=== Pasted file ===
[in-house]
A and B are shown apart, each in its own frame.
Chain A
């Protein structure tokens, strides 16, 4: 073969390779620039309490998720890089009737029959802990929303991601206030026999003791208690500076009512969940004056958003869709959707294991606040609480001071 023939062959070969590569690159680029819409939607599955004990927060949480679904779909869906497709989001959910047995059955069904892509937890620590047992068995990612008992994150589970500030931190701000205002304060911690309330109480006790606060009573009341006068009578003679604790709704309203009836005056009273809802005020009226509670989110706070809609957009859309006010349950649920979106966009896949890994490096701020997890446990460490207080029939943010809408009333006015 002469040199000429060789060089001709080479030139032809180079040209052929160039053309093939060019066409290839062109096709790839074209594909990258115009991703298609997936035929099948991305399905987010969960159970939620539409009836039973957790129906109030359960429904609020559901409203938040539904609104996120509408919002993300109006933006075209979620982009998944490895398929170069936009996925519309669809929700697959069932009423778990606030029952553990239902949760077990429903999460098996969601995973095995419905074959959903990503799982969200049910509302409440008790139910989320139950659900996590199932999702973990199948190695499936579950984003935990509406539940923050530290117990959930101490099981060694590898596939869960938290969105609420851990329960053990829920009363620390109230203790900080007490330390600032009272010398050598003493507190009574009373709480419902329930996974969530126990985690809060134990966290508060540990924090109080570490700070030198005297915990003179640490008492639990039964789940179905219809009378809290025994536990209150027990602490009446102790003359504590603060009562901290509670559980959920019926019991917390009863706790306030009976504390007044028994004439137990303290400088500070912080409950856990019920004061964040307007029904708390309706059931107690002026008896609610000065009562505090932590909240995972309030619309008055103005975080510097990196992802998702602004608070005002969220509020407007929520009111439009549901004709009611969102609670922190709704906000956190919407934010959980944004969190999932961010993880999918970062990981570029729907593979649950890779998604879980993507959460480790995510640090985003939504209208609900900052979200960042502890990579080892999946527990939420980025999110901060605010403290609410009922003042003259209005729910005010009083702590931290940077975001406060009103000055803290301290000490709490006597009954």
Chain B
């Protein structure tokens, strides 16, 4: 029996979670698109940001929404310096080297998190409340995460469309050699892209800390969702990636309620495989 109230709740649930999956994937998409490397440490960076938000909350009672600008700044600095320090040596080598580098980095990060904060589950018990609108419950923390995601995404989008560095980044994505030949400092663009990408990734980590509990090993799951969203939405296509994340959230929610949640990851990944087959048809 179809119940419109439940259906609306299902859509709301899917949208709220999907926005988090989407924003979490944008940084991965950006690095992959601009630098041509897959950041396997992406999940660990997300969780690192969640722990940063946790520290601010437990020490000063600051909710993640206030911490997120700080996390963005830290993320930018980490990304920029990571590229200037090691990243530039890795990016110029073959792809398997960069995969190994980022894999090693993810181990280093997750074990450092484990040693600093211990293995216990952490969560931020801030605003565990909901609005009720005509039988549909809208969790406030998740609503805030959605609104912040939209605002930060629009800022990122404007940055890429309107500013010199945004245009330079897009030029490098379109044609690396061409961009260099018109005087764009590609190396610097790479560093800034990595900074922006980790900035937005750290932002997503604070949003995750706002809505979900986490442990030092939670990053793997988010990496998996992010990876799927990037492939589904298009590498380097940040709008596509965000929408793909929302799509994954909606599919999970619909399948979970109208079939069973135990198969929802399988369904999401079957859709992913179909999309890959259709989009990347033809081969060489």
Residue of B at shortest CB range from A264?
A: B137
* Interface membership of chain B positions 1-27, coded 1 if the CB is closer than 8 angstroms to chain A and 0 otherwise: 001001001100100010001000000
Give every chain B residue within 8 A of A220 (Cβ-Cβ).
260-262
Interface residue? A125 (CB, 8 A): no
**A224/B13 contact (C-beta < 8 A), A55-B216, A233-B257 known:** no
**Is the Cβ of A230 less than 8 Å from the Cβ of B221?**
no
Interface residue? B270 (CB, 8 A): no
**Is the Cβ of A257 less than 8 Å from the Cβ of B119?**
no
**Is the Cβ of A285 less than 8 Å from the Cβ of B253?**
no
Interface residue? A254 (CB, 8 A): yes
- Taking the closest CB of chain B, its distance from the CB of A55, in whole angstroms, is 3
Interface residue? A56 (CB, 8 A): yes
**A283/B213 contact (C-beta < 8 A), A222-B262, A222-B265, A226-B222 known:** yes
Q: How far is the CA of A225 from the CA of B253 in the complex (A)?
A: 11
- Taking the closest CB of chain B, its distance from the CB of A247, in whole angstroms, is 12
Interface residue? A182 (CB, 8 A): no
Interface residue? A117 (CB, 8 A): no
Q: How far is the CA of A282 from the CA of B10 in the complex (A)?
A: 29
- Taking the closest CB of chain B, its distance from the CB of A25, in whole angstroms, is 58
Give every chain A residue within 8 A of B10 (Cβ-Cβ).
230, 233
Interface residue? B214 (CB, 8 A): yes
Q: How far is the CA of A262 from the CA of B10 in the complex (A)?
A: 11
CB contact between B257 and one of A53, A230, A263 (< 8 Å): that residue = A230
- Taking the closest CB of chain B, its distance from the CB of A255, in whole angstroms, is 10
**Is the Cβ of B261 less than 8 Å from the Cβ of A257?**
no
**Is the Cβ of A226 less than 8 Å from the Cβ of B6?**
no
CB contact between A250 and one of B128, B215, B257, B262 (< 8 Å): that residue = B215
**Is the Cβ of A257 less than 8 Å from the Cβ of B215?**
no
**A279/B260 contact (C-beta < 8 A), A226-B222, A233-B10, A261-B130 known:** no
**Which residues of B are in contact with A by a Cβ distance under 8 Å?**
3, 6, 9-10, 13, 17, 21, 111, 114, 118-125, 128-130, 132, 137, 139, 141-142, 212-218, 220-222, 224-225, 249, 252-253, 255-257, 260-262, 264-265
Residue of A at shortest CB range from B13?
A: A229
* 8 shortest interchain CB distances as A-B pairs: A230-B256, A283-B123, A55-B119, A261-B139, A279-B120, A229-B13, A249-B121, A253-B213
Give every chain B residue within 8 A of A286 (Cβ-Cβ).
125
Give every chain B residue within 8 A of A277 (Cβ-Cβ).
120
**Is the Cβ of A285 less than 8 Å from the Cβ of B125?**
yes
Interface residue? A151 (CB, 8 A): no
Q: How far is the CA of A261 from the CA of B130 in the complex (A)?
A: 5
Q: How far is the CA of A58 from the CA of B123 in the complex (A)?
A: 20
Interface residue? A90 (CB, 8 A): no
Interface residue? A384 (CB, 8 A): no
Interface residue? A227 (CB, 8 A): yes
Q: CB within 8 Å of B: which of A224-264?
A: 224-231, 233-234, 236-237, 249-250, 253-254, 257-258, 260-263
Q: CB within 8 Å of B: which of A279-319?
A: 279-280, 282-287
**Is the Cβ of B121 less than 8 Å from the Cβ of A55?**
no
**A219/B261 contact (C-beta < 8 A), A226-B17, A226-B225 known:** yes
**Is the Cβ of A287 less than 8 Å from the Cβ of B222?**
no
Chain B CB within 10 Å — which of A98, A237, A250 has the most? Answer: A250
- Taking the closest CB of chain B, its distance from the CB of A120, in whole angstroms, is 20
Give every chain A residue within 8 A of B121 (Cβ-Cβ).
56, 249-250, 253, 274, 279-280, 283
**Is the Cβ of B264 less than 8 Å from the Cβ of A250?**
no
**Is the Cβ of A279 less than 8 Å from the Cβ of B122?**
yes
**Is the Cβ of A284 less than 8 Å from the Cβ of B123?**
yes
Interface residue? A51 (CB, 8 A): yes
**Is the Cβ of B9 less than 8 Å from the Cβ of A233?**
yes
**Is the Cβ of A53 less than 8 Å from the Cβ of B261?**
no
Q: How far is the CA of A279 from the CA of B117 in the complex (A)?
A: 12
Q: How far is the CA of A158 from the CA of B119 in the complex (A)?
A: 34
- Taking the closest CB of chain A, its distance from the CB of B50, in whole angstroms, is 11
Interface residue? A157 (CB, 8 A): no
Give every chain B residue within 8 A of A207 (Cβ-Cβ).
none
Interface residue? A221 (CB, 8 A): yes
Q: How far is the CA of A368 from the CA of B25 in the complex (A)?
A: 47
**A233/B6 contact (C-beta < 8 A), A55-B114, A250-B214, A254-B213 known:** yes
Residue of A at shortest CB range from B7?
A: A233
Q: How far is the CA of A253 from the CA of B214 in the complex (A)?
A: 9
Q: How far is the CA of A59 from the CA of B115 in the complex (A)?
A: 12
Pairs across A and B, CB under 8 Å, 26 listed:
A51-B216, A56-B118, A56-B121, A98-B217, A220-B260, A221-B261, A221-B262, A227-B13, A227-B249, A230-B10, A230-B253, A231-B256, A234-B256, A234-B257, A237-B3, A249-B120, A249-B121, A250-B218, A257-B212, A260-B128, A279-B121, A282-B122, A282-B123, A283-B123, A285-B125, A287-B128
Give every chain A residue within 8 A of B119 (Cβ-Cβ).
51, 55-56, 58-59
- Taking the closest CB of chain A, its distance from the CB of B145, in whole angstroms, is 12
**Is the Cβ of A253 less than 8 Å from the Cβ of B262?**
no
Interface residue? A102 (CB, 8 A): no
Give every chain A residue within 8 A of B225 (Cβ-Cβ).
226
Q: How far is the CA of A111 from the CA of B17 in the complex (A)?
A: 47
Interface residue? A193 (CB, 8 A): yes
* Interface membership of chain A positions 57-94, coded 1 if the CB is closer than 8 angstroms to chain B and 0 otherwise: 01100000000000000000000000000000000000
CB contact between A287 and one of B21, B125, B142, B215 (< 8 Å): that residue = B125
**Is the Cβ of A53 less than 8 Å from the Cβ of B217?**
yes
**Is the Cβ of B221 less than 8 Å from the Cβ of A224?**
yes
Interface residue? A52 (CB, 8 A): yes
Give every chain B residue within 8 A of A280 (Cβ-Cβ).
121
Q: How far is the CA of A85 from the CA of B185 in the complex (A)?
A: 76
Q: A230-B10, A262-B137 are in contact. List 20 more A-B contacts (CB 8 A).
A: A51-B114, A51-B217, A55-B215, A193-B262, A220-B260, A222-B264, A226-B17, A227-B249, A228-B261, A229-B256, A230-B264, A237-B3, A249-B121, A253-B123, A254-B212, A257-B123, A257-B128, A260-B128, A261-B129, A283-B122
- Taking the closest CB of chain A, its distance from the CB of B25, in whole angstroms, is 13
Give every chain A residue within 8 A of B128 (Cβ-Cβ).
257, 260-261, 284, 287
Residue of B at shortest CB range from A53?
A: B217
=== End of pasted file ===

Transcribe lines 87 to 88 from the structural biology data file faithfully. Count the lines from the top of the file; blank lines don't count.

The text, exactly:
**Is the Cβ of B9 less than 8 Å from the Cβ of A233?**
yes